Jamie lives with her Uncle Raymond because her mother Suzette left home and has always been a sort of wild child always on the go and never looking back. Jamie is a shy outcast, new in town, out of place, with no sense of belonging. And then her cousin Fawn shows up to stay with them. Fawn is gorgeous and mature, oozes confidence, and loves to flirt. She slowly pulls Jamie out of her shell one summer in the 70s as the two become friends.
There are two stories here, alternating throughout the book. We have the past where Raymond tries to find his sister and offer her protection, and then we have the present which follows Fawn and Jamie and their mischeivious friendship. Each is delicate in its own way, and also somewhat mirrors the other as your read further along.
I found the characters to be well developed and each full of mystery in a way and oh so fragile. I was so anxious to see where their conflicts would take them. This is a nice slow coming-of-age story which is, more than anything, meant to be admired for the writing itself. As the story builds to its climax, we find ourselves with less than 50 pages to read, but the journey there was both heartfelt and meaningful.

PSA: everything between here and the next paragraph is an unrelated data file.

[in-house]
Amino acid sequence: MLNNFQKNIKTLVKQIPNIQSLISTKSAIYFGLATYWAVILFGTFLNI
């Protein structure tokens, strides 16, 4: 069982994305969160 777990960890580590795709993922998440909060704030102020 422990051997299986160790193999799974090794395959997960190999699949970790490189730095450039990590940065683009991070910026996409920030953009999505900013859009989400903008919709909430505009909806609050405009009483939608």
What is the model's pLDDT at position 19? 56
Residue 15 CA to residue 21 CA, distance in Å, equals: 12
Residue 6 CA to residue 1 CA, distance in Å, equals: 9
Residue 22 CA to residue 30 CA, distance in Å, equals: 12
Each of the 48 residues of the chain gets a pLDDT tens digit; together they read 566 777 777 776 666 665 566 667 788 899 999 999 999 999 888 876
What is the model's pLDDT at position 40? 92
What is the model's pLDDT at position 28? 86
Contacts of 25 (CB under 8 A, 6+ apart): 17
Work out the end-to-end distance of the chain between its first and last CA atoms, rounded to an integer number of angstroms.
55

This book is about loss, and about friendships we often have as teens despite our parents warning us about that “bad kid” from around the block. It’s about music, shag carpet, baby oil tans, and TV shows that definied a generation. It’s about connections that we long for as human beings whether it be from a relative or just a good close friend. It’s about sneaking out on a Friday night and going somehwere you aren’t supposed to.
I would consider this book to be almost a teen reading level, and even targeted more toward girls, but as a man in my 30s I really did fall in love with McLain’s style and thought this was a good book. What it lacked in action or in its climax, it certainly made up for in imagery and style.